Earlier this month, CBS Sports published our annual top 50 MLB free agents list ahead of the start of the offseason. As is the case every winter, the limited number of spots meant that this year's list excluded some well-known and well-decorated players.
While evaluating and ranking players are subjective exercises (and these kinds of articles should be consumed with that in mind), we wanted to take this opportunity to explain our reasoning for not including five former All-Stars: Brad Hand, Jon Lester, Jed Lowrie, Andrew McCutchen, and Andrelton Simmons.
Let's take a look at each player.
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1. Brad Hand, LHP
Hand had a topsy-turvy season. He was fine for most of the year with the Nationals; then he was awful in a brief, post-deadline stint with the Blue Jays; and then he was fine again with the Mets to close out the campaign. His inconsistency isn't the reason we have concerns about his viability as a late-inning reliever moving forward.
Our qualm with Hand is an apparent decay in stuff. His slider was less effective, and he conceded as much by lowering its usage rate to less than 50 percent for the first time since 2017. There's more to pitching than generating swing-and-misses, but it's worrisome when a reliever known for missing bats posts a worse contact rate than contact-managing starters like Dallas Keuchel and Ryan Yarbrough.
Maybe Hand will bounce back in 2022, but we're not willing to bet on it.
2. Jon Lester, LHP
Lester made last year's version of this piece, too. He also ended up with the Nationals, with whom he posted an 81 ERA+ before being shipped to the Cardinals at the deadline. Lester was better with St. Louis, reeling off a stretch where he surrendered one run or fewer in four of five starts, but he remained below average (89 ERA+).
It's tempting to look at a pitcher like Lester, who has had a brilliant career, and envision him having one more good season before he retires. Unfortunately, there's not a ton of reason to believe that's possible, let alone probable. Lester's strikeout and walk rates both went in the wrong direction last season, and his ability to suppress quality of contact remains better-than-average but not elite.
Lester can provide a team with guidance, guile, and five-plus innings every time out; his results just aren't likely to ascend beyond replacement level.
3. Jed Lowrie, INF
After appearing in nine games during a two-year run with the Mets, Lowrie had himself a resurgent season in his return to Oakland. He appeared in 139 contests and hit .245/.318/.398 (101 OPS+) with 14 home runs and another 28 doubles. Lowrie's underlying measures were promising, too. He remains in command of the strike zone and he posted the highest average exit velocity of the Statcast era portion of his career.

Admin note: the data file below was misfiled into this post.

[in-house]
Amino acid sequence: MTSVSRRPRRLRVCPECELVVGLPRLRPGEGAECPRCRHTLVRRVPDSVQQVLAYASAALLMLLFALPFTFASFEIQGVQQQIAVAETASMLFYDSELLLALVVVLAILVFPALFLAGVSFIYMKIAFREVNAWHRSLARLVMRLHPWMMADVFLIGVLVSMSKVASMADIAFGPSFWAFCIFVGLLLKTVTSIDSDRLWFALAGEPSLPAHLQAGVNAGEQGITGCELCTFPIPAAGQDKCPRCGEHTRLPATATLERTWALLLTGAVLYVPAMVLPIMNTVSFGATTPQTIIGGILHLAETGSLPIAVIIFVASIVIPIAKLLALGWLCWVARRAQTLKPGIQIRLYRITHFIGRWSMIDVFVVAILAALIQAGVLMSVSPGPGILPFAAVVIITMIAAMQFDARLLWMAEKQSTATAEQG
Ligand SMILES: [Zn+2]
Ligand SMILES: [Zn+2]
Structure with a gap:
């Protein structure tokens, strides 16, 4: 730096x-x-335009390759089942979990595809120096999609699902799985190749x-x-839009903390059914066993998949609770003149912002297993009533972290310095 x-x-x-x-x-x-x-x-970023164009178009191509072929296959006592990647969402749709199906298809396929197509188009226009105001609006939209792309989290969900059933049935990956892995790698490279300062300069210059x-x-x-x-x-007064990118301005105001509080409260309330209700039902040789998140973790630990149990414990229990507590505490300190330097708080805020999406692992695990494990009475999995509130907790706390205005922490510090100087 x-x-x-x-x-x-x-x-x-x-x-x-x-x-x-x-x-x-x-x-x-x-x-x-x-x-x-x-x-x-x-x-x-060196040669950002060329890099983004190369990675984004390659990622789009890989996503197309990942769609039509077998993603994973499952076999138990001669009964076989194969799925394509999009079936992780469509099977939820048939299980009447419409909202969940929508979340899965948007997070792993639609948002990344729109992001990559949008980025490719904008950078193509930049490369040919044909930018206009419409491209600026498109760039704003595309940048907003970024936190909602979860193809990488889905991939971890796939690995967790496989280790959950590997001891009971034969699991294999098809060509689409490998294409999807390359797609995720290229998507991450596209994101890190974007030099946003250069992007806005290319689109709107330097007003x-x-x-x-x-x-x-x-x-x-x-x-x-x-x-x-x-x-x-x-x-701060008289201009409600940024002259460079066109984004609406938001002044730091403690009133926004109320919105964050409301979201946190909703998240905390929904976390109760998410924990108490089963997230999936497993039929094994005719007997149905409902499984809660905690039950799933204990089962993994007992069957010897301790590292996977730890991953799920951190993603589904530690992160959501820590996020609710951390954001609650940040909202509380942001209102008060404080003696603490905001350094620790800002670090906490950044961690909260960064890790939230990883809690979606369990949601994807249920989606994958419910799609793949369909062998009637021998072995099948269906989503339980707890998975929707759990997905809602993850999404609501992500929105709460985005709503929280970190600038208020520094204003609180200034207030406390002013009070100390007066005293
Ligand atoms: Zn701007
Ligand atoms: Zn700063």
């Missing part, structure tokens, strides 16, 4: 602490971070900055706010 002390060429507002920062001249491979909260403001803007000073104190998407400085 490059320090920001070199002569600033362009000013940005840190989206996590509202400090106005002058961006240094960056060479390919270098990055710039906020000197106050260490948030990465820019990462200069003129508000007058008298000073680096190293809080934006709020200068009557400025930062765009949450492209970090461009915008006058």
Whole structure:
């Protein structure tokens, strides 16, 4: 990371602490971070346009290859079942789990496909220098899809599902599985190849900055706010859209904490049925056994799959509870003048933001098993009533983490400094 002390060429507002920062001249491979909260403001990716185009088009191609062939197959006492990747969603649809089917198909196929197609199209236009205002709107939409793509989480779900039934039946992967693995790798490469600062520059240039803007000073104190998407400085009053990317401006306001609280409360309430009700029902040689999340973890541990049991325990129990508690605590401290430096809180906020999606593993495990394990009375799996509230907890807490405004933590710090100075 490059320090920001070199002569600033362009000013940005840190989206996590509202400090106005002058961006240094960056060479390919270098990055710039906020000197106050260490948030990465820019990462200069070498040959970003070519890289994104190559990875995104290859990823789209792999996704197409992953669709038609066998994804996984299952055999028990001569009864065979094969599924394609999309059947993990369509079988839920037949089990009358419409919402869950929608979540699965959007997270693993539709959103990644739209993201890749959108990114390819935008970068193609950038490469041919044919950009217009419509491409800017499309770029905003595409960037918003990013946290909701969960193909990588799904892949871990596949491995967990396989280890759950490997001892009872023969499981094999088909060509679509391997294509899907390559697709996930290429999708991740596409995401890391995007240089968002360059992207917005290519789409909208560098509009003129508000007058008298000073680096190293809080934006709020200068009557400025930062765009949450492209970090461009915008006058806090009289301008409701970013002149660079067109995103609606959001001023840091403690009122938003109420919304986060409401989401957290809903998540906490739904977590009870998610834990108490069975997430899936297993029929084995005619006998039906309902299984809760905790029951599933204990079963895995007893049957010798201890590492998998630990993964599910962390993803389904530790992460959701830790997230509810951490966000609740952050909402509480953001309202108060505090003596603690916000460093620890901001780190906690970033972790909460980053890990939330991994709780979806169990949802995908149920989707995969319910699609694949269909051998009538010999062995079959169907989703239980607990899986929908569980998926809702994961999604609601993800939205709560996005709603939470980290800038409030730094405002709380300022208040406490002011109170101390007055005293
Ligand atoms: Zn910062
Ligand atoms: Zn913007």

So, why wasn't Lowrie able to make the cut? There were two main reasons. One, he's never been the most reliable player. He's had his fair share of injuries throughout his career, and that condition doesn't often improve as a player nears their 38th birthday. Two, he gives back a lot of value in the field and on the basepaths. Indeed, he gave back so much that Baseball Reference had him at essentially replacement level.
4. Andrew McCutchen, OF
Of the five players presented here, McCutchen was the hardest to leave off. He hit .222/.334/.444 (109 OPS+) with 27 home runs and six steals for the Phillies, and he's one of the most well-liked and respected players in the league.
Alas, we just couldn't talk ourselves into McCutchen being highly sought after. The league simply doesn't treat older, corner-only players with kindness anymore. What is McCutchen? A 35-year-old left fielder with substandard defense. Even his offense can be nitpicked: he has a sub-.700 OPS versus righties the past two seasons.
It may seem harsh, but McCutchen's optimized role heading forward might be as a short-side platoon DH. It's hard to justify putting that profile on the top 50.
5. Andrelton Simmons, SS
Simmons spent the season with the Twins, hitting .223/.283/.274 (57 OPS+) with three home runs and a single stolen base. His glove kept him in the lineup and on the right side of the replacement-level ledger, but he doesn't have the bat speed or the approach to be viewed as more than one of the worst hitters in the majors.
Simmons is also going to be celebrating his 33rd birthday next September, meaning Father Time will likely start depriving him of defensive value sooner than later.
Our snub of Simmons might prove to be a little premature, but we think he'll get lost in the shuffle as part of a loaded shortstop class.